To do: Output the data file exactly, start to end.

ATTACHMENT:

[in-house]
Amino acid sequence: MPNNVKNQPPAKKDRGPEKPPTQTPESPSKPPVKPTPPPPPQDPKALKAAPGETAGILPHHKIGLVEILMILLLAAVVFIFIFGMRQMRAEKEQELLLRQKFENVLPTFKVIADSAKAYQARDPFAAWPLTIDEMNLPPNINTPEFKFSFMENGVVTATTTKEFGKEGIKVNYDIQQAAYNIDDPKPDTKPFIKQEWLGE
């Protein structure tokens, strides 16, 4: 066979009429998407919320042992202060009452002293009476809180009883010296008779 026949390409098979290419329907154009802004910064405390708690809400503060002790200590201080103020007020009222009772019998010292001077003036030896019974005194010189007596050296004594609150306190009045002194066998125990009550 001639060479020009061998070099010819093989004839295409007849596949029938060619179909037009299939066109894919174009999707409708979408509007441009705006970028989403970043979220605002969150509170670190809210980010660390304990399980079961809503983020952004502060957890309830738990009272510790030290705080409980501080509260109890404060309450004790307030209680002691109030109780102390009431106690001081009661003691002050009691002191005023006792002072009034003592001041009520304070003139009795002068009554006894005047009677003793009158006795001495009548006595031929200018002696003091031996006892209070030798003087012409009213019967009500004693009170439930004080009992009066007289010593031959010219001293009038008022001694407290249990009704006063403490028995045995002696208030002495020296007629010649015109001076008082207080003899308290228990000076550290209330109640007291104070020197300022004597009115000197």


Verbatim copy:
[in-house]
Amino acid sequence: MPNNVKNQPPAKKDRGPEKPPTQTPESPSKPPVKPTPPPPPQDPKALKAAPGETAGILPHHKIGLVEILMILLLAAVVFIFIFGMRQMRAEKEQELLLRQKFENVLPTFKVIADSAKAYQARDPFAAWPLTIDEMNLPPNINTPEFKFSFMENGVVTATTTKEFGKEGIKVNYDIQQAAYNIDDPKPDTKPFIKQEWLGE
């Protein structure tokens, strides 16, 4: 066979009429998407919320042992202060009452002293009476809180009883010296008779 026949390409098979290419329907154009802004910064405390708690809400503060002790200590201080103020007020009222009772019998010292001077003036030896019974005194010189007596050296004594609150306190009045002194066998125990009550 001639060479020009061998070099010819093989004839295409007849596949029938060619179909037009299939066109894919174009999707409708979408509007441009705006970028989403970043979220605002969150509170670190809210980010660390304990399980079961809503983020952004502060957890309830738990009272510790030290705080409980501080509260109890404060309450004790307030209680002691109030109780102390009431106690001081009661003691002050009691002191005023006792002072009034003592001041009520304070003139009795002068009554006894005047009677003793009158006795001495009548006595031929200018002696003091031996006892209070030798003087012409009213019967009500004693009170439930004080009992009066007289010593031959010219001293009038008022001694407290249990009704006063403490028995045995002696208030002495020296007629010649015109001076008082207080003899308290228990000076550290209330109640007291104070020197300022004597009115000197």